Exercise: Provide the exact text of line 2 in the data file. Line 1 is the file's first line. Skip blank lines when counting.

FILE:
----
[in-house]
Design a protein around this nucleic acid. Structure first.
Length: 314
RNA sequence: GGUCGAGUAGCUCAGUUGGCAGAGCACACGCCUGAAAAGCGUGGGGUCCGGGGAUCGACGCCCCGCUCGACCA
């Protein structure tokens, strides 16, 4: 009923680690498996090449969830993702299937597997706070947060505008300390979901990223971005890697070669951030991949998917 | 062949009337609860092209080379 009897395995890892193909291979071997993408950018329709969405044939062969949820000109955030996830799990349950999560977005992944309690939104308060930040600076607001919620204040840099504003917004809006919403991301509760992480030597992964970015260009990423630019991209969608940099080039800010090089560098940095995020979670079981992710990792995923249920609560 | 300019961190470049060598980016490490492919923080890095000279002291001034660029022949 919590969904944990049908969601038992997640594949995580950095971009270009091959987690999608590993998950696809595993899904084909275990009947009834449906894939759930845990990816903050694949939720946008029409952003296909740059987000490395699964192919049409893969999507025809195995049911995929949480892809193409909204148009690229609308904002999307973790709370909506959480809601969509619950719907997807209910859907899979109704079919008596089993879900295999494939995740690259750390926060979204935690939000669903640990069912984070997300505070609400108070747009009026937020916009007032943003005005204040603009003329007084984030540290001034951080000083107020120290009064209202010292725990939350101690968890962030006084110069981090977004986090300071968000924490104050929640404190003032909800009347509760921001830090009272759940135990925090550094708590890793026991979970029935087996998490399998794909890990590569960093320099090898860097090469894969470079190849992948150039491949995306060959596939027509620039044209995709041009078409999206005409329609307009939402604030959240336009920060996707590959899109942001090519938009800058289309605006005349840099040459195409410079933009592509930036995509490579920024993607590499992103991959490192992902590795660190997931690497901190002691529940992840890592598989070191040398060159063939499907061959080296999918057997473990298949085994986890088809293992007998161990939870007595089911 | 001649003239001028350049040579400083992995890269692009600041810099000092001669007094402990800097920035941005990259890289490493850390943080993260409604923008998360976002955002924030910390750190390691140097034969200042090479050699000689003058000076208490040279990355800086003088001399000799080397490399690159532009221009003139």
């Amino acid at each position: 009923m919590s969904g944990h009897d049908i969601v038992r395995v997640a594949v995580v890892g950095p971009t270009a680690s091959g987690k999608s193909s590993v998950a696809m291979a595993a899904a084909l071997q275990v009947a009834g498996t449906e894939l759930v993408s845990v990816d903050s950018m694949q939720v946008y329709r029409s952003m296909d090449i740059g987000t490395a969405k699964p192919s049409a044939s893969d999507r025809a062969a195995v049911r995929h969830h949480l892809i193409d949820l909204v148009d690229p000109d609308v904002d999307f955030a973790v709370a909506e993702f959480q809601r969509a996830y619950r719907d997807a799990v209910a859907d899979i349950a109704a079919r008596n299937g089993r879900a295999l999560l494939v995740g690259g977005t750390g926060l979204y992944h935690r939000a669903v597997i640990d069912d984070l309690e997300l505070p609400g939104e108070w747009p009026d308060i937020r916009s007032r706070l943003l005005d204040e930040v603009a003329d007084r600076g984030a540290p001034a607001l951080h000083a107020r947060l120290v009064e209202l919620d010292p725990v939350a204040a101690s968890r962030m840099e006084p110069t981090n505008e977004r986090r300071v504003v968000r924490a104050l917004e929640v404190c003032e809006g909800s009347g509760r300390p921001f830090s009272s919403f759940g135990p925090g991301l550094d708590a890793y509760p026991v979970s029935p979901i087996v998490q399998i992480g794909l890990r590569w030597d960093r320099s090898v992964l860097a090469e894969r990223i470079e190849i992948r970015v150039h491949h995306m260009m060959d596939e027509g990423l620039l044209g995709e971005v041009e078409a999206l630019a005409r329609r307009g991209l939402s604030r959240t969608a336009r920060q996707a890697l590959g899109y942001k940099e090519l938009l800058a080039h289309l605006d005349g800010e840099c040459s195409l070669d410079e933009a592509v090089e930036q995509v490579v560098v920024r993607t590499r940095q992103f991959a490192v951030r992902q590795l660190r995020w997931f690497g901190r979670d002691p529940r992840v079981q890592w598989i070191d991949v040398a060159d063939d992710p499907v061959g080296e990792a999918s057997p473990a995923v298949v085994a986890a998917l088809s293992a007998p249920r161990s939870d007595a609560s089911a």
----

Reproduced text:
Design a protein around this nucleic acid. Structure first.